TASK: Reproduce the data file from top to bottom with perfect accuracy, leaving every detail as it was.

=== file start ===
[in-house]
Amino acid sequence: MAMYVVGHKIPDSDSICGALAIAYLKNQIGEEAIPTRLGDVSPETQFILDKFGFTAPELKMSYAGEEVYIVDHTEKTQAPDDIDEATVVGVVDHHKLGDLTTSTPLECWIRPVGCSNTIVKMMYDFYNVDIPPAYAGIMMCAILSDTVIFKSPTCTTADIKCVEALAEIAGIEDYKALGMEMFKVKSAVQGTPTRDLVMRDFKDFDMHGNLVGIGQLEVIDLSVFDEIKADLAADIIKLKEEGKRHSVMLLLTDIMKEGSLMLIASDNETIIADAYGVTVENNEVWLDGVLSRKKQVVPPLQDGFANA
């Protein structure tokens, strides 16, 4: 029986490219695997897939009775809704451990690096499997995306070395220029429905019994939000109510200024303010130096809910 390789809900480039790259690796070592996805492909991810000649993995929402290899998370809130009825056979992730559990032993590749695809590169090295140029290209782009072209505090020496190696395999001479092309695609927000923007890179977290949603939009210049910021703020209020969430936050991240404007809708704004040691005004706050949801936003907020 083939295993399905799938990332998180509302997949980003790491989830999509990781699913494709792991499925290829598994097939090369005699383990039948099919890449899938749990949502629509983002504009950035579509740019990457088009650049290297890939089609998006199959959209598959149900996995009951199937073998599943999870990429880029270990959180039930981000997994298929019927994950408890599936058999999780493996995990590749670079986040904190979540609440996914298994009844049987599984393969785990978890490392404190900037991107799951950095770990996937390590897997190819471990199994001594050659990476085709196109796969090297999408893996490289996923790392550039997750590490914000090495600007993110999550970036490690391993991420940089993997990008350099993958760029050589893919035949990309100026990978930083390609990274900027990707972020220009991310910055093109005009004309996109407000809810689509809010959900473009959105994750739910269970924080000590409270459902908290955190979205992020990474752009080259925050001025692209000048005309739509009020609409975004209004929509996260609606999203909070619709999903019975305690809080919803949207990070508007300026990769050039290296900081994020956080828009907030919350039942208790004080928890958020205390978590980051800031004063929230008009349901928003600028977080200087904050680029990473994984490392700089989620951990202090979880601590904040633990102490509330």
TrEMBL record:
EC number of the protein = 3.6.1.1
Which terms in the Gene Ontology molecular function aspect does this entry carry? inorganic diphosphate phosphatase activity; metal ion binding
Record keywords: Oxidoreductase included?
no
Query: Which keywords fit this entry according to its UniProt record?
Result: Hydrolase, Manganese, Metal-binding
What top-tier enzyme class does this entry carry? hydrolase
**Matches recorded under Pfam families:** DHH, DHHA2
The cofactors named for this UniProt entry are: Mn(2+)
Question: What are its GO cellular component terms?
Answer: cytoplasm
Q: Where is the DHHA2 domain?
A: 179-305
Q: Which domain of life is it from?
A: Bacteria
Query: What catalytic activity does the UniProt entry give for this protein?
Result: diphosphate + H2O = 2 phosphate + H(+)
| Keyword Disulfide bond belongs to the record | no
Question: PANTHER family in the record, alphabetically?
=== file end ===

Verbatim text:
[in-house]
Amino acid sequence: MAMYVVGHKIPDSDSICGALAIAYLKNQIGEEAIPTRLGDVSPETQFILDKFGFTAPELKMSYAGEEVYIVDHTEKTQAPDDIDEATVVGVVDHHKLGDLTTSTPLECWIRPVGCSNTIVKMMYDFYNVDIPPAYAGIMMCAILSDTVIFKSPTCTTADIKCVEALAEIAGIEDYKALGMEMFKVKSAVQGTPTRDLVMRDFKDFDMHGNLVGIGQLEVIDLSVFDEIKADLAADIIKLKEEGKRHSVMLLLTDIMKEGSLMLIASDNETIIADAYGVTVENNEVWLDGVLSRKKQVVPPLQDGFANA
């Protein structure tokens, strides 16, 4: 029986490219695997897939009775809704451990690096499997995306070395220029429905019994939000109510200024303010130096809910 390789809900480039790259690796070592996805492909991810000649993995929402290899998370809130009825056979992730559990032993590749695809590169090295140029290209782009072209505090020496190696395999001479092309695609927000923007890179977290949603939009210049910021703020209020969430936050991240404007809708704004040691005004706050949801936003907020 083939295993399905799938990332998180509302997949980003790491989830999509990781699913494709792991499925290829598994097939090369005699383990039948099919890449899938749990949502629509983002504009950035579509740019990457088009650049290297890939089609998006199959959209598959149900996995009951199937073998599943999870990429880029270990959180039930981000997994298929019927994950408890599936058999999780493996995990590749670079986040904190979540609440996914298994009844049987599984393969785990978890490392404190900037991107799951950095770990996937390590897997190819471990199994001594050659990476085709196109796969090297999408893996490289996923790392550039997750590490914000090495600007993110999550970036490690391993991420940089993997990008350099993958760029050589893919035949990309100026990978930083390609990274900027990707972020220009991310910055093109005009004309996109407000809810689509809010959900473009959105994750739910269970924080000590409270459902908290955190979205992020990474752009080259925050001025692209000048005309739509009020609409975004209004929509996260609606999203909070619709999903019975305690809080919803949207990070508007300026990769050039290296900081994020956080828009907030919350039942208790004080928890958020205390978590980051800031004063929230008009349901928003600028977080200087904050680029990473994984490392700089989620951990202090979880601590904040633990102490509330």
TrEMBL record:
EC number of the protein = 3.6.1.1
Which terms in the Gene Ontology molecular function aspect does this entry carry? inorganic diphosphate phosphatase activity; metal ion binding
Record keywords: Oxidoreductase included?
no
Query: Which keywords fit this entry according to its UniProt record?
Result: Hydrolase, Manganese, Metal-binding
What top-tier enzyme class does this entry carry? hydrolase
**Matches recorded under Pfam families:** DHH, DHHA2
The cofactors named for this UniProt entry are: Mn(2+)
Question: What are its GO cellular component terms?
Answer: cytoplasm
Q: Where is the DHHA2 domain?
A: 179-305
Q: Which domain of life is it from?
A: Bacteria
Query: What catalytic activity does the UniProt entry give for this protein?
Result: diphosphate + H2O = 2 phosphate + H(+)
| Keyword Disulfide bond belongs to the record | no
Question: PANTHER family in the record, alphabetically?